Plans to sell Harvey Weinstein’s movie company reportedly crumbled on Sunday after New York’s attorney general filed a lawsuit against the studio and its co-founders, accusing them of committing civil and human rights violations.
A group headed by former Small Business Administration chief Maria Contreras-Sweet was expected to finalize a roughly $500 million deal ― which included the assumption of debt ― to purchase Weinstein Co., The Wall Street Journal reported.
Just before the deal was signed, Attorney General Eric T. Schneiderman filed his lawsuit, which demands civil penalties and victim compensation should any sale of the company be made.
“Any sale of the Weinstein Company must ensure that victims will be compensated, employees will be protected going forward, and that neither perpetrators nor enablers will be unjustly enriched,” Schneiderman said in a statement.
Contreras-Sweet’s investor group has previously said that it would create a settlement fund for women who have accused Weinstein of abuse, should the company’s purchase be finalized.
Weinstein Co.’s board, responding to news of Schneiderman’s lawsuit, has disputed the accuracy of “many of the allegations” against the company.
“We are disappointed that the New York attorney general felt it necessary to file” the lawsuit, the board said in a statement obtained by the WSJ. “Many of the allegations relating to the board are inaccurate and the board looks forward to bringing the facts to light as part of its ongoing commitment to resolve this difficult situation in the most appropriate way.”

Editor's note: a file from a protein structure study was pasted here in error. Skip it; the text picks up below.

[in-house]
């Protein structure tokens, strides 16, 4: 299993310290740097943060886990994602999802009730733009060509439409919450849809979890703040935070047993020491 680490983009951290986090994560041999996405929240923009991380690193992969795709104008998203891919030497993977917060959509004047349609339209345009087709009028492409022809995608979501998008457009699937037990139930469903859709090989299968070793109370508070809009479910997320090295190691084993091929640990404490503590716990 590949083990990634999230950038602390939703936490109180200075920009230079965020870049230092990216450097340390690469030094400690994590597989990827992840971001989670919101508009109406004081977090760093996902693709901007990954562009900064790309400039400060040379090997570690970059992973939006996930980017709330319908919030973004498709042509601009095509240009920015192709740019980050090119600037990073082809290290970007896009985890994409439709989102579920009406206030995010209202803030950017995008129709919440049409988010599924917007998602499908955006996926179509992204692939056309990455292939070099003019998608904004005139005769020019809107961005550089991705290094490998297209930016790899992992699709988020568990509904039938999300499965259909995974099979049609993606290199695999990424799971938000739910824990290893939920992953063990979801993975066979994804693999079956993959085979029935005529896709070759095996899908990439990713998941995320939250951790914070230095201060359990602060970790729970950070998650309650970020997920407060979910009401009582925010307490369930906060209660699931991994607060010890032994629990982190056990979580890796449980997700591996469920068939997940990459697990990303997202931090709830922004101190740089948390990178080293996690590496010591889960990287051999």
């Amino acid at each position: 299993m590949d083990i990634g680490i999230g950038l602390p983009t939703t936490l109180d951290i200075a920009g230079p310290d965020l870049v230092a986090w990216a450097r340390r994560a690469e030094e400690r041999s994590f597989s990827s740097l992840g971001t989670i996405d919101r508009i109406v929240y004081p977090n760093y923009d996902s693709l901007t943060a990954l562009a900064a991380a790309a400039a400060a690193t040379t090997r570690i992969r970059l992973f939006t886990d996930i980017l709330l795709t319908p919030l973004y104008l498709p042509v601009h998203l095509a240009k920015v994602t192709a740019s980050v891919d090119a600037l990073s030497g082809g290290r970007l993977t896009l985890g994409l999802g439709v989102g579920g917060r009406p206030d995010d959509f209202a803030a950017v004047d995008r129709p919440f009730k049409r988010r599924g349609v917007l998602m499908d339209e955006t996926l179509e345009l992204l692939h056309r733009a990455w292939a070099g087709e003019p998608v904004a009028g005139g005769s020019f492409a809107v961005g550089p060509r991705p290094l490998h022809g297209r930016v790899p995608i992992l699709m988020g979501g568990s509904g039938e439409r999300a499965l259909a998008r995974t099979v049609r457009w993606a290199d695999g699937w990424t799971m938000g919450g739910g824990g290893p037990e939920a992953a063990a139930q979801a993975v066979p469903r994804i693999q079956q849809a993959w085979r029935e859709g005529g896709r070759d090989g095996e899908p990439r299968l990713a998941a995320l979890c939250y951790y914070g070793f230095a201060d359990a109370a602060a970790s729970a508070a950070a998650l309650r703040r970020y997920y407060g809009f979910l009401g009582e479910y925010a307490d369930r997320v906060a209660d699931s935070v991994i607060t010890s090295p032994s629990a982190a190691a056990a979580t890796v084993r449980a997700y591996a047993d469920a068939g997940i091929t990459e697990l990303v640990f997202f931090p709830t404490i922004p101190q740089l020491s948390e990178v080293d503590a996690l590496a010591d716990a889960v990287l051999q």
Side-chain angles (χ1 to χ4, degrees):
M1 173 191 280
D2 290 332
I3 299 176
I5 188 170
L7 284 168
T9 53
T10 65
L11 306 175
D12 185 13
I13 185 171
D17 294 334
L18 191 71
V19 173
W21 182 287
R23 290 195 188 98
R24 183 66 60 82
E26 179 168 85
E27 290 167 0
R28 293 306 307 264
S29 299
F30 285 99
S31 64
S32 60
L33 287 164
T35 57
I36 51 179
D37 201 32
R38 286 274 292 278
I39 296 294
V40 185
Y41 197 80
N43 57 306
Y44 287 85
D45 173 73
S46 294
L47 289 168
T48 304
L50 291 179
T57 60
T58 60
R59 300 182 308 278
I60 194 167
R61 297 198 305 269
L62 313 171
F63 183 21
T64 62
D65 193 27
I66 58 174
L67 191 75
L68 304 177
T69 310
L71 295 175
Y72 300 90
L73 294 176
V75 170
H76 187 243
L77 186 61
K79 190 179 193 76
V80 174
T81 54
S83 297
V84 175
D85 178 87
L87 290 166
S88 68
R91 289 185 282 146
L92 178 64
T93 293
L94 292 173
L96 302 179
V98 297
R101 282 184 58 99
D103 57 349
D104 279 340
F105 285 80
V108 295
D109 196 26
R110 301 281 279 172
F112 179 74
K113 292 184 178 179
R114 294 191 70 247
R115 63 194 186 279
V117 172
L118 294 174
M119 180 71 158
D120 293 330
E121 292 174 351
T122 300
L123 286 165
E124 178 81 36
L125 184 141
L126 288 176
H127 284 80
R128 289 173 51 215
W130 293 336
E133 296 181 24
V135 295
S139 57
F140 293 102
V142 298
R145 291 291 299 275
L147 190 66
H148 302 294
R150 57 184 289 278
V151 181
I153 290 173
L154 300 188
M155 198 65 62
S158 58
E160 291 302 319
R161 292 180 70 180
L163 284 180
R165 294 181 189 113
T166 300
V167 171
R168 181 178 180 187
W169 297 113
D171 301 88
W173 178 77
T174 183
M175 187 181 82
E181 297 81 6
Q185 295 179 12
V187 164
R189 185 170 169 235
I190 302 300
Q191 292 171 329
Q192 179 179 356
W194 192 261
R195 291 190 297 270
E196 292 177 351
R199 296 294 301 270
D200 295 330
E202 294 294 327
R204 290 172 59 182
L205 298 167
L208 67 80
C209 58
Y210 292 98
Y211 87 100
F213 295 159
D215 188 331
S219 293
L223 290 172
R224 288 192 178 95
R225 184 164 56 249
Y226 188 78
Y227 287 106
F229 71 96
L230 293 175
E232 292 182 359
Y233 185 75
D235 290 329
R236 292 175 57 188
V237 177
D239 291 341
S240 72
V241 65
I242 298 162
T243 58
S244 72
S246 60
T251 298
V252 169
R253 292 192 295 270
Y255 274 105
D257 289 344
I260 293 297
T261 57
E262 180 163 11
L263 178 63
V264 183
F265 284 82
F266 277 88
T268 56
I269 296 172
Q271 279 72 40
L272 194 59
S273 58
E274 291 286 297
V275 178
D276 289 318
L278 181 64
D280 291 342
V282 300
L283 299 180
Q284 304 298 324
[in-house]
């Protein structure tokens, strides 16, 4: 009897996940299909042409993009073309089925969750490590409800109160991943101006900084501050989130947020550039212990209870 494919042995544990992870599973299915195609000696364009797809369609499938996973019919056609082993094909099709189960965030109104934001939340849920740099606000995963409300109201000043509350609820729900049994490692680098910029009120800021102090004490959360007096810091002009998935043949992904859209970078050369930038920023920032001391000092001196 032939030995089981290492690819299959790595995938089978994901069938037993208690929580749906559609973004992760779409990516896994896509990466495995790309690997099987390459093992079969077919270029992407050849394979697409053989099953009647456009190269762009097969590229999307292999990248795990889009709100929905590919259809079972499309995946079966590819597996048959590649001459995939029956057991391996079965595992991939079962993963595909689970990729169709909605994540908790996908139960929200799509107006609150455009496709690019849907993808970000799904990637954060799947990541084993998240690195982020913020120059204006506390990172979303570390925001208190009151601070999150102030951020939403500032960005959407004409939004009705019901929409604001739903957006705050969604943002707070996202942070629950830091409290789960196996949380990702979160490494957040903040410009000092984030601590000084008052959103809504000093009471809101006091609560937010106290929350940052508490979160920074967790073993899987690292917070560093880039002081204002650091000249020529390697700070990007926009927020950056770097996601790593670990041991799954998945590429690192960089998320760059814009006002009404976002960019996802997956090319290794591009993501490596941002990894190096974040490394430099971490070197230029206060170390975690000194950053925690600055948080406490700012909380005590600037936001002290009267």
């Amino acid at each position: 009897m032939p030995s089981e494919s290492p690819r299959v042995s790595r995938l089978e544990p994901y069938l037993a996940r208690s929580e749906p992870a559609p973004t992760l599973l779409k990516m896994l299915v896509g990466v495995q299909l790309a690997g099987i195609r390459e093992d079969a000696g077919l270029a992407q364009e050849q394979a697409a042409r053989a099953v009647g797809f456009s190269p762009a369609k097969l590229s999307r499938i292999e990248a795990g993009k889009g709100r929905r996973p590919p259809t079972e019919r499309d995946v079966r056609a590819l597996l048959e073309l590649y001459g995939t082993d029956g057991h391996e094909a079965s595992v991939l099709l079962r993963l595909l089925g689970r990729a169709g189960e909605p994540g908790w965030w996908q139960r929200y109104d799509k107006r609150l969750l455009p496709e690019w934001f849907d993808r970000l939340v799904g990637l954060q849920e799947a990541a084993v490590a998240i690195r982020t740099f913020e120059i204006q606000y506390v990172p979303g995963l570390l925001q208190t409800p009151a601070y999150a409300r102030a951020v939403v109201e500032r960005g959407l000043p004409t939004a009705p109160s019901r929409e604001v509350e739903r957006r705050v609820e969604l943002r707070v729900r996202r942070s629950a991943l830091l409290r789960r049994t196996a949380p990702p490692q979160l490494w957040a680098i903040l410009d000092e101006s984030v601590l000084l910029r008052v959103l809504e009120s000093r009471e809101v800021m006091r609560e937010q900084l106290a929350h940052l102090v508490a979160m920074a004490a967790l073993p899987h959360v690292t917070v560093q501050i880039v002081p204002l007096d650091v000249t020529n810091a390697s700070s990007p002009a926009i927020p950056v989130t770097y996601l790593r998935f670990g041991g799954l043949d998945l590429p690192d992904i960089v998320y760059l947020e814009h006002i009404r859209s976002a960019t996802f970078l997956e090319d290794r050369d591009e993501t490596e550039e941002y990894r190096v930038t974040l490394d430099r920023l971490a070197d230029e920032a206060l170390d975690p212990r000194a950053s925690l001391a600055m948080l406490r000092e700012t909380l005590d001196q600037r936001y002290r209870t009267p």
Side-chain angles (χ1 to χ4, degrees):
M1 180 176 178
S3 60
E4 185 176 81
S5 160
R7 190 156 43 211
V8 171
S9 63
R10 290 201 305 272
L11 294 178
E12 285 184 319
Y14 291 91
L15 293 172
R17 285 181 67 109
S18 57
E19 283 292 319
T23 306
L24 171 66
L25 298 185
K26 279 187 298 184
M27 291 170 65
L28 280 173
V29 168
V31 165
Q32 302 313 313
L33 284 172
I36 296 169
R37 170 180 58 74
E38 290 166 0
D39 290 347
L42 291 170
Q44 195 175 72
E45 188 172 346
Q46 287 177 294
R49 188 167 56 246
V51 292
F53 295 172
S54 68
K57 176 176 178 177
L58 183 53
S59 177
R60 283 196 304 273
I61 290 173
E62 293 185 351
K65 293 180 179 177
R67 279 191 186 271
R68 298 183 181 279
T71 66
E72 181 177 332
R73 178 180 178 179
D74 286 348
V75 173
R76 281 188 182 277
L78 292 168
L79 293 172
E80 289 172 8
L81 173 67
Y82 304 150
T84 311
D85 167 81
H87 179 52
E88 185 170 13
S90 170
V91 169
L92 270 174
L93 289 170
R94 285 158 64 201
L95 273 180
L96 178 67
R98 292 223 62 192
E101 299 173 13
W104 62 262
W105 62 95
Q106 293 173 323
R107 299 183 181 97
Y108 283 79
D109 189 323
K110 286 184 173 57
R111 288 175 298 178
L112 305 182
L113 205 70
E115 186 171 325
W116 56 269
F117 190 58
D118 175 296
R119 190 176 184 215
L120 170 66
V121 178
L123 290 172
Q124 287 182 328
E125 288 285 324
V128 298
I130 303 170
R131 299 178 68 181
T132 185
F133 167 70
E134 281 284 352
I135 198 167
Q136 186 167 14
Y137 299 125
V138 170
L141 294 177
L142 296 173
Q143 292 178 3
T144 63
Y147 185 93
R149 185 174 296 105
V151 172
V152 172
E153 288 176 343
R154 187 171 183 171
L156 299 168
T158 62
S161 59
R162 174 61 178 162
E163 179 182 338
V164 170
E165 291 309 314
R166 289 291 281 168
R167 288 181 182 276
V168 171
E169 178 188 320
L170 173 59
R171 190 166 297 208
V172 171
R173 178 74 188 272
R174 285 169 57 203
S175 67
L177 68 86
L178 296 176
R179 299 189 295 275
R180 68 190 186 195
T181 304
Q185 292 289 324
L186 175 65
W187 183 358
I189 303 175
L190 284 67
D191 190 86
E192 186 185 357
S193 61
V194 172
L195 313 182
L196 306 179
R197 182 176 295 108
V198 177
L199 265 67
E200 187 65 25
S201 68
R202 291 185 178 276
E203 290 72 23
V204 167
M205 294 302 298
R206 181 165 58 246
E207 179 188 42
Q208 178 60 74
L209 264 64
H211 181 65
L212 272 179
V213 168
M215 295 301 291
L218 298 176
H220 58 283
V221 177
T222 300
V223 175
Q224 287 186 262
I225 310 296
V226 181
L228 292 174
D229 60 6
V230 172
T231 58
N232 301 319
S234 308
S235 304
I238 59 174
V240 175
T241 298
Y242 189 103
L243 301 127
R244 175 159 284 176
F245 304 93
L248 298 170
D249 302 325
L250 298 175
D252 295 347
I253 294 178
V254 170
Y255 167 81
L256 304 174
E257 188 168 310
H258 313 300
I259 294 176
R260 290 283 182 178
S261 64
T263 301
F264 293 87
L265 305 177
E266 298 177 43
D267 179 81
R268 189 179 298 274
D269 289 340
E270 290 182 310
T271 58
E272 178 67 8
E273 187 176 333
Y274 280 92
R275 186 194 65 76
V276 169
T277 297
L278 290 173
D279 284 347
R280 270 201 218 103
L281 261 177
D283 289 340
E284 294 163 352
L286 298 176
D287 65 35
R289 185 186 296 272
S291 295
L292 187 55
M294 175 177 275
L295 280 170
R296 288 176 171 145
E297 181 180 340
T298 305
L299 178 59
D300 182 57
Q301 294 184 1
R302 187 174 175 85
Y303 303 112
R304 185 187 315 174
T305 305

The company, which reportedly has debts totaling $225 million, could be forced into bankruptcy if it is unable to find a buyer, according to The New York Times.
Weinstein was fired from his company in October after widespread allegations of sexual misconduct and assault against him emerged. Multiple actresses have shared detailed recounts of the abuse they say they experienced at his hands, including Rose McGowan, Daryl Hannah, Mira Sorvino, Ashley Judd and Asia Argento.
Bob Weinstein, Weinstein’s brother and business partner, is among those accused of having had knowledge of the misconduct.
Contreras-Sweet headed the SBA under former President Barack Obama from 2014 until early 2017. She founded ProAmerican Bank in Los Angeles, which focused on serving businesses in the Latino community.